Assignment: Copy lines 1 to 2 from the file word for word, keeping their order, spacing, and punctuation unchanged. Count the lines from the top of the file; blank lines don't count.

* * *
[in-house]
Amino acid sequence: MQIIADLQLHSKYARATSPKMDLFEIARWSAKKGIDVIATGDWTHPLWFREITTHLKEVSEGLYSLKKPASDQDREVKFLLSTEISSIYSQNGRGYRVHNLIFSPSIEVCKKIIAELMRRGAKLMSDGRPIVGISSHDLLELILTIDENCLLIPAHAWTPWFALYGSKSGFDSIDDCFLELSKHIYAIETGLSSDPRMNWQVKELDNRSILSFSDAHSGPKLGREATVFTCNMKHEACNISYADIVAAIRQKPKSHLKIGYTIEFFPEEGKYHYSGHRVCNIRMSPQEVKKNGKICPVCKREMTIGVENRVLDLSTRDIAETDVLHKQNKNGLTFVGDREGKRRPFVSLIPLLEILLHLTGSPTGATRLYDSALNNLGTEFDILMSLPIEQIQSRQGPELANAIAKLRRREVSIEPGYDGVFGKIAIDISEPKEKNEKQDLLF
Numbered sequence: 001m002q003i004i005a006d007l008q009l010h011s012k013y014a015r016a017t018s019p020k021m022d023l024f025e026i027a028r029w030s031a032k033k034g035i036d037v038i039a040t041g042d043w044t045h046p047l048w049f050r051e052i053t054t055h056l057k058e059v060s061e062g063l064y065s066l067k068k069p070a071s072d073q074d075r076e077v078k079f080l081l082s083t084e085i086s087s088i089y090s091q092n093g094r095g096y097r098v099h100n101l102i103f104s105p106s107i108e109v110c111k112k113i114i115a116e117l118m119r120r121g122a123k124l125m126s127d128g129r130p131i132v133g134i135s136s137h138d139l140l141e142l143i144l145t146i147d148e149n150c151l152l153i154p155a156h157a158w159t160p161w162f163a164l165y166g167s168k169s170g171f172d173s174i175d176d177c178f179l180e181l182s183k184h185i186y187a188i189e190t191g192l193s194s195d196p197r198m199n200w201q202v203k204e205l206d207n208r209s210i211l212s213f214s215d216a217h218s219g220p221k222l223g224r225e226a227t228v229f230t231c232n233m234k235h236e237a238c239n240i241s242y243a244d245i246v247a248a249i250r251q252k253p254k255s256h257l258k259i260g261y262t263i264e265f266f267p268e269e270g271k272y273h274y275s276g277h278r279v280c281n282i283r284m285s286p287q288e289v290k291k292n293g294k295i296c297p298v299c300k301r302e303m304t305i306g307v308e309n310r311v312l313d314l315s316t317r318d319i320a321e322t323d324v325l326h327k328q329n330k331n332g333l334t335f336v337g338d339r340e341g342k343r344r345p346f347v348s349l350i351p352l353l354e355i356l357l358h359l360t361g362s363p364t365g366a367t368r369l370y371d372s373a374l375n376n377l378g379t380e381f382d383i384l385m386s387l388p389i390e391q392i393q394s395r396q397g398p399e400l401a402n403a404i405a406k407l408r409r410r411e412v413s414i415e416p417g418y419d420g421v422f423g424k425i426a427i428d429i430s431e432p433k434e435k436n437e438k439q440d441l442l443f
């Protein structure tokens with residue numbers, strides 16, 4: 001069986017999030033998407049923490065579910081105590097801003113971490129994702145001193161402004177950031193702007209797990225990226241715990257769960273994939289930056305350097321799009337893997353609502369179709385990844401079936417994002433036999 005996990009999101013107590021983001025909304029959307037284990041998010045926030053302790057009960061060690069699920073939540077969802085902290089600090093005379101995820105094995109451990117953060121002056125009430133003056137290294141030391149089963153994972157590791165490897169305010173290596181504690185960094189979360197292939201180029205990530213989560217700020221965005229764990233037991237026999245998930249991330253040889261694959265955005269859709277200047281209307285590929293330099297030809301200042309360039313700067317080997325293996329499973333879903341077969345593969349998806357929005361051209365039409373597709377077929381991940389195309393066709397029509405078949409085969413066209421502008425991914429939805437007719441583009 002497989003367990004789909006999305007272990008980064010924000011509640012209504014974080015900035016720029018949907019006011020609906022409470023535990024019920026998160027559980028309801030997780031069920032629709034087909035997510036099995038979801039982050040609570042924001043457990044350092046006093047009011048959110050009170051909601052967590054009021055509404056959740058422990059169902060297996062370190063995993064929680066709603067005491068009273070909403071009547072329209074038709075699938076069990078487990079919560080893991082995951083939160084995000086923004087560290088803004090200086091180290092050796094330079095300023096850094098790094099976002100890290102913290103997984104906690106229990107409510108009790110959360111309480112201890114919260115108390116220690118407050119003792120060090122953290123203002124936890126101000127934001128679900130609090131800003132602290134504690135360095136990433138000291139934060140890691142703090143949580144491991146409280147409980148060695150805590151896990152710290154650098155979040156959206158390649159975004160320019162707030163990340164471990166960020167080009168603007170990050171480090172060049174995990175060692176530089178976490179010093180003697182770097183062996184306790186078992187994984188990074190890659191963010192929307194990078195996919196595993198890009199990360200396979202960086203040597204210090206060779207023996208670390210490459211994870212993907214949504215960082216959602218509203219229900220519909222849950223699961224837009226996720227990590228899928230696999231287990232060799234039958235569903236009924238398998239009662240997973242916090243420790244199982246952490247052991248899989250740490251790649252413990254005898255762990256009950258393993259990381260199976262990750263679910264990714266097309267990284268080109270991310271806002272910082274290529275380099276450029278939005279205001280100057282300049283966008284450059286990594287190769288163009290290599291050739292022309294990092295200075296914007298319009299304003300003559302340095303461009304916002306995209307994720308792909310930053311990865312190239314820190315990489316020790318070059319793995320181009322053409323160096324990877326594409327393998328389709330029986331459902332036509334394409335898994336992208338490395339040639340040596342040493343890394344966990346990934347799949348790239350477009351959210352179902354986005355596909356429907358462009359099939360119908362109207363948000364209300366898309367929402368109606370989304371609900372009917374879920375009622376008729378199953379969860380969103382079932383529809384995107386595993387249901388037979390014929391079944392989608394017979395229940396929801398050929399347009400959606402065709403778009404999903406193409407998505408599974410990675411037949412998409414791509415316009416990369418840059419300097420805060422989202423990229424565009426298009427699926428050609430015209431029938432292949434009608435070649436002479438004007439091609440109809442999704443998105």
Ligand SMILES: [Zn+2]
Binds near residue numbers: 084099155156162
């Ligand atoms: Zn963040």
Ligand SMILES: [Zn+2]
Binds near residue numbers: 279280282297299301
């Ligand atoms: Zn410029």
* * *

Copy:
[in-house]
Amino acid sequence: MQIIADLQLHSKYARATSPKMDLFEIARWSAKKGIDVIATGDWTHPLWFREITTHLKEVSEGLYSLKKPASDQDREVKFLLSTEISSIYSQNGRGYRVHNLIFSPSIEVCKKIIAELMRRGAKLMSDGRPIVGISSHDLLELILTIDENCLLIPAHAWTPWFALYGSKSGFDSIDDCFLELSKHIYAIETGLSSDPRMNWQVKELDNRSILSFSDAHSGPKLGREATVFTCNMKHEACNISYADIVAAIRQKPKSHLKIGYTIEFFPEEGKYHYSGHRVCNIRMSPQEVKKNGKICPVCKREMTIGVENRVLDLSTRDIAETDVLHKQNKNGLTFVGDREGKRRPFVSLIPLLEILLHLTGSPTGATRLYDSALNNLGTEFDILMSLPIEQIQSRQGPELANAIAKLRRREVSIEPGYDGVFGKIAIDISEPKEKNEKQDLLF